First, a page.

Although reviewing your existing estate plan and its component documents and the beneficiaries on your life insurance and retirement accounts may not be your idea of an exhilarating activity, it should be done on a periodic basis.  After all, children do get older and inter-personal relationships change and may impact upon your choice of guardians, conservators, Personal Representatives, Trustees and agents under Powers of Attorney.  Time passes and laws change.  For example, the estate tax exemption equivalent has increased from $675,000 in 2000 to $5,450,000 in 2016.  This change alone may warrant significant changes to the tax planning structure of an existing plan. Furthermore, documents age and as they do some financial institutions or health care providers may question whether they are still valid. And, consider the fact that you may be utilizing your computer or mobile device to access financial accounts and other sites where your trove of family pictures resides. What happens if your spouse or family cannot access those accounts if you should become disabled or die?

We have prepared a Questionnaire that highlights areas that might themselves be a reason to consider updating your documents.  Ask yourself the following questions:


1.       Have there been any births, deaths, marriages or divorces in your immediate family?

2.       Has the size of your estate either substantially increased or substantially decreased?

3.       Have you acquired additional life insurance?

4.       Have you obtained any life insurance loans?

5.       Have any of the persons named in your Estate Planning documents died?

6.       Are there any persons not named in your Estate Planning documents for whom you would now like to make provisions?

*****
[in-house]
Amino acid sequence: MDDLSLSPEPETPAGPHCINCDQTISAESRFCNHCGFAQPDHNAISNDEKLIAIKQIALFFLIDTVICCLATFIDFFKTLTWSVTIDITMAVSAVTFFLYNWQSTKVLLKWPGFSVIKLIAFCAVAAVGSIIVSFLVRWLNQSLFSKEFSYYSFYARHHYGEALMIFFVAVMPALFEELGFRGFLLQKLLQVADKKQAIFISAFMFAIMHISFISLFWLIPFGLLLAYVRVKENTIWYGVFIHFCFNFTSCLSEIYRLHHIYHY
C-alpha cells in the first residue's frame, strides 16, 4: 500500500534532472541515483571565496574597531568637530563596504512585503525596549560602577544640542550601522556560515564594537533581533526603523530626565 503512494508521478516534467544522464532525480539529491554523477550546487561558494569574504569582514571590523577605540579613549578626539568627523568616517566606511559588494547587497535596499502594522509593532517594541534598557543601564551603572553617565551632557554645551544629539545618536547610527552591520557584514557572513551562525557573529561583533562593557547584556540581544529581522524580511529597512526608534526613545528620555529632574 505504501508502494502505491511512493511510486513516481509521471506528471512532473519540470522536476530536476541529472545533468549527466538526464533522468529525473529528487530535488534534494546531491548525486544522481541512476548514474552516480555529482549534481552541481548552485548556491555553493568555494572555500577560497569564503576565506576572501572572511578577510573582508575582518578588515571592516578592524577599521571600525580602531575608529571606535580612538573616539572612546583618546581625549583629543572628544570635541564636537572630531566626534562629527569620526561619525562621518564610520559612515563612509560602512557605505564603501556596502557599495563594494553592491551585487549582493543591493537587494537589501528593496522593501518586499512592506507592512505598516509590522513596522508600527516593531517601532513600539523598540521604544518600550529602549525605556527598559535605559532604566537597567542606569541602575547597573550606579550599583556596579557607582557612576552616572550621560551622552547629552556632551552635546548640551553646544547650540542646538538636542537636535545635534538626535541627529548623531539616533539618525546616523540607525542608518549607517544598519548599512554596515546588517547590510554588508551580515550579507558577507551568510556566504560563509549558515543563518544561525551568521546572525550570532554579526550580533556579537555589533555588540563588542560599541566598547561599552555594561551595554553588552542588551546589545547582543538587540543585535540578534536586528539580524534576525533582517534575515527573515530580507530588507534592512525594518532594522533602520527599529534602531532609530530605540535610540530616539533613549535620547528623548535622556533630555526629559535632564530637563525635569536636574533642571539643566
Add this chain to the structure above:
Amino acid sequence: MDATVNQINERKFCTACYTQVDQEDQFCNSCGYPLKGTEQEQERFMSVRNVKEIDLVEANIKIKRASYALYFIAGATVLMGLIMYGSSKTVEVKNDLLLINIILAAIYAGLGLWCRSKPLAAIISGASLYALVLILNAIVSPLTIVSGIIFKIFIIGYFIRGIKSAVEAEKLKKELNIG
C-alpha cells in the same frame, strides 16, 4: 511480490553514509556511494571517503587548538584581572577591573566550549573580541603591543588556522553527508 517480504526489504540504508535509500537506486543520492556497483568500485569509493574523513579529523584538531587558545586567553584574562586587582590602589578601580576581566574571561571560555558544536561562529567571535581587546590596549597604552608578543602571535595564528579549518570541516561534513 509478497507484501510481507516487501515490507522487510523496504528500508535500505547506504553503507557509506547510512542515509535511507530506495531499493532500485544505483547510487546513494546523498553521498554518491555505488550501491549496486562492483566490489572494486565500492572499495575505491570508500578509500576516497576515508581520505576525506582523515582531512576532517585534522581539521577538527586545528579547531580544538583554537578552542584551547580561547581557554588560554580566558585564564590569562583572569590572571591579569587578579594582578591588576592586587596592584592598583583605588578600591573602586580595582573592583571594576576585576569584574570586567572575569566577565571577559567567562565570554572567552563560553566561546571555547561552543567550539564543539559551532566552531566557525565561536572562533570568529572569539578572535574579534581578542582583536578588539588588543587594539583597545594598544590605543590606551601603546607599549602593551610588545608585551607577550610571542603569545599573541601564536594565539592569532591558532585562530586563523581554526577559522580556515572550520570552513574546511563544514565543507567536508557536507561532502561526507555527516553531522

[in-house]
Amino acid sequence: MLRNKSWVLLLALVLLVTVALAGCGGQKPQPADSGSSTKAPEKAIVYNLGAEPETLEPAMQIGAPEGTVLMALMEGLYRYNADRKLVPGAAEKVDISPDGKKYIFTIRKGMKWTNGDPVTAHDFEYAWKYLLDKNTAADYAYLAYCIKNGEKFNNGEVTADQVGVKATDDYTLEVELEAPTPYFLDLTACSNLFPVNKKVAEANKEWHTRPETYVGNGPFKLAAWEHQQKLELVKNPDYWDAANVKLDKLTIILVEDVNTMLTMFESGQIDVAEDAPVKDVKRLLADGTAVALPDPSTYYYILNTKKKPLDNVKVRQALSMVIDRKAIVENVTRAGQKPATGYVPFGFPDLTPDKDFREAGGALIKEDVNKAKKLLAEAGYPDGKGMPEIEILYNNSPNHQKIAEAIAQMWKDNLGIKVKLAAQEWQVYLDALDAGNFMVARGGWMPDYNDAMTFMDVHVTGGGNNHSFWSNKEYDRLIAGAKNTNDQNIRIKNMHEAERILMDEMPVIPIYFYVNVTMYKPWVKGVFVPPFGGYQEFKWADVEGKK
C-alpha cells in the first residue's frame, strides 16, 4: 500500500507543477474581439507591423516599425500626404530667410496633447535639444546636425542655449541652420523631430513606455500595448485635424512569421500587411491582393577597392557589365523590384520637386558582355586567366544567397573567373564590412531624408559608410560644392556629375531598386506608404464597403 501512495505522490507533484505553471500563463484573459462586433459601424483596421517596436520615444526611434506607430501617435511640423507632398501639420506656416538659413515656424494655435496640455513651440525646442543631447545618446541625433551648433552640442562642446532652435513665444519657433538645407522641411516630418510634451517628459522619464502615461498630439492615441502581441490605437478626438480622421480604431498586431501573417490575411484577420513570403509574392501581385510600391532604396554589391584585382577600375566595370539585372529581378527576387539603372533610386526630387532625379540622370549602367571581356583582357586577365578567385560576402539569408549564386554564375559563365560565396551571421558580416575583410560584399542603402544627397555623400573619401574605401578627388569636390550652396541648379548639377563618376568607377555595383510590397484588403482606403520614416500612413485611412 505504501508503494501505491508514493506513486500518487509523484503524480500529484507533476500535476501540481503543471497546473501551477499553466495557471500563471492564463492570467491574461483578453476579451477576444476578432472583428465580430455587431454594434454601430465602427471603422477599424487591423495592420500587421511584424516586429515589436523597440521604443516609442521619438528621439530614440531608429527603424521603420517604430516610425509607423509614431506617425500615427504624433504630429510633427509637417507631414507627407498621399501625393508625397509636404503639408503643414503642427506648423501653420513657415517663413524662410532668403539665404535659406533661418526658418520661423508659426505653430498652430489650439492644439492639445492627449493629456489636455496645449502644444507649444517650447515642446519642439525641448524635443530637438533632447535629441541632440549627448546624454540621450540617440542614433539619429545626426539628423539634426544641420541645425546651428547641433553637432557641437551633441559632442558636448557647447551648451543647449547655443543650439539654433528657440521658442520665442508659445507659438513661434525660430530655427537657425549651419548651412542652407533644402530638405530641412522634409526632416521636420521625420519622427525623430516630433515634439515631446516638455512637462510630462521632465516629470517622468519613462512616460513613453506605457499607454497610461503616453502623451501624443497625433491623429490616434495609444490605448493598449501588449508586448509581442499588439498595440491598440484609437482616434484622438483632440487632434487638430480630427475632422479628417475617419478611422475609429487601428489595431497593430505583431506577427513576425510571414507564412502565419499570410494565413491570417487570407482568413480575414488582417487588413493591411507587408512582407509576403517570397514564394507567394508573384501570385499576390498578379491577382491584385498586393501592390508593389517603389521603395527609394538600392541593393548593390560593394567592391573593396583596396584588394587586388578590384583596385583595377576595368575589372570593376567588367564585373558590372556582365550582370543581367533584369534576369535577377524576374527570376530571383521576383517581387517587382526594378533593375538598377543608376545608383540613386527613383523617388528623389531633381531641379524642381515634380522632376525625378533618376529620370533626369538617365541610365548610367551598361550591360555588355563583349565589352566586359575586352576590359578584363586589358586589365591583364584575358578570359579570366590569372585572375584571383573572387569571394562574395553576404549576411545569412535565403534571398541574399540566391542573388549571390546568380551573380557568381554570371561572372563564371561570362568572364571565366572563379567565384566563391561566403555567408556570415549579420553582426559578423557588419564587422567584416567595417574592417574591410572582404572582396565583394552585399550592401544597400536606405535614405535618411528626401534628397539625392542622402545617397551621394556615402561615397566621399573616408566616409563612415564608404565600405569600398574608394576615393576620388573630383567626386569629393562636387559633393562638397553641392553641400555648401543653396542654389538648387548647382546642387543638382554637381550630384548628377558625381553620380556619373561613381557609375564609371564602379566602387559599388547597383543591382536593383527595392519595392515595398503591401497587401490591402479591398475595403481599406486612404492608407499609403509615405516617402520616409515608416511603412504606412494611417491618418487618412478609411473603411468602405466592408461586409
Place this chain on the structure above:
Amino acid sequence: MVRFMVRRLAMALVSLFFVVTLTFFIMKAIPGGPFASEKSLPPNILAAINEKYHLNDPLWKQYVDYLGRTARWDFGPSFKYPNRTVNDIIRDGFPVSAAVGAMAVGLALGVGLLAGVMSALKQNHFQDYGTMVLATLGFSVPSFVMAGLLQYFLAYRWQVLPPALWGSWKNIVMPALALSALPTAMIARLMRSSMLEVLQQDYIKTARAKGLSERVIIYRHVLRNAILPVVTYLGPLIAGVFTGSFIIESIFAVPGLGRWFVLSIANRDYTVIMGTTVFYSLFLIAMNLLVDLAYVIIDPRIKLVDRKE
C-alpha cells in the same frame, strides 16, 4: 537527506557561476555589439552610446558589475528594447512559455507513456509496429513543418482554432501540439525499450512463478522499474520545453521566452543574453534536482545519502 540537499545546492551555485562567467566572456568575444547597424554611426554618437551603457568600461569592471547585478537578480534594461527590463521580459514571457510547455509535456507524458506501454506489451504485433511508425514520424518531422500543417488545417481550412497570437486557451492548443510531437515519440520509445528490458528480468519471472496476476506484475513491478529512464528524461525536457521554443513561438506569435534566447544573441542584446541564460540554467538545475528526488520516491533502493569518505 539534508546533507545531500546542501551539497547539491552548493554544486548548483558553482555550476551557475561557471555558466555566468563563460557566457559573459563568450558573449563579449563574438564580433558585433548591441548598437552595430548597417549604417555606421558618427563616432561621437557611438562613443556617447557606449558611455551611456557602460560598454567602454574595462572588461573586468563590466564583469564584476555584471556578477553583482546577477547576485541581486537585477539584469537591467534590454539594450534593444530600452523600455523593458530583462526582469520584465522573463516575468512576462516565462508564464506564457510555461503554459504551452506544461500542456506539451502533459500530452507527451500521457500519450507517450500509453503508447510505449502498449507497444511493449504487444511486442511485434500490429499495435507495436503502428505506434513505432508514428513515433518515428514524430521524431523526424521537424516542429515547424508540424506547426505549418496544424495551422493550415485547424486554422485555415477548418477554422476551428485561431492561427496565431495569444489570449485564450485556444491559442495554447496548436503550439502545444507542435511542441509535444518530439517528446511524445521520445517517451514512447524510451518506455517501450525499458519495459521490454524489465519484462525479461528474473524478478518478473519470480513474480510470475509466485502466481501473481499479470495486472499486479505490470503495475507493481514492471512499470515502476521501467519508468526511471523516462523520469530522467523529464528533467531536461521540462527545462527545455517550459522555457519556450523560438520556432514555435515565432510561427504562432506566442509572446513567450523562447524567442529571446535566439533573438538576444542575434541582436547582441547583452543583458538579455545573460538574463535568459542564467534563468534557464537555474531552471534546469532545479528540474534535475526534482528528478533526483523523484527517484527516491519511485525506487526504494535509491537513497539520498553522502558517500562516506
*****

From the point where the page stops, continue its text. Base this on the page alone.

7.       Are there any specific gifts in your Estate Planning documents which you would like to change?

8.       Has any of the property specifically given by your Estate Planning documents been sold, lost or otherwise disposed of?

9.       Have you mortgaged or sold on a land contract any real property given under your Estate Planning documents?

10.     Have you made any large gifts or loans to any persons who are beneficiaries under your Estate Planning documents?

11.     Have you moved?  If so, please provide us with your new address.

12.     Has a child entitled to receive property under any of the Estate Planning documents now reached the age of eighteen?

13.     Have you acquired any property in another state?

14.     Have you taken or given a long lease on land?

15.     Has your named personal representative (formerly executor), trustee, guardian or conservator died or moved?


If the answer to any of the questions is yes, you should consider reviewing your planning with us so that it will continue to reflect your current circumstances and desires regarding the disposition of your estate.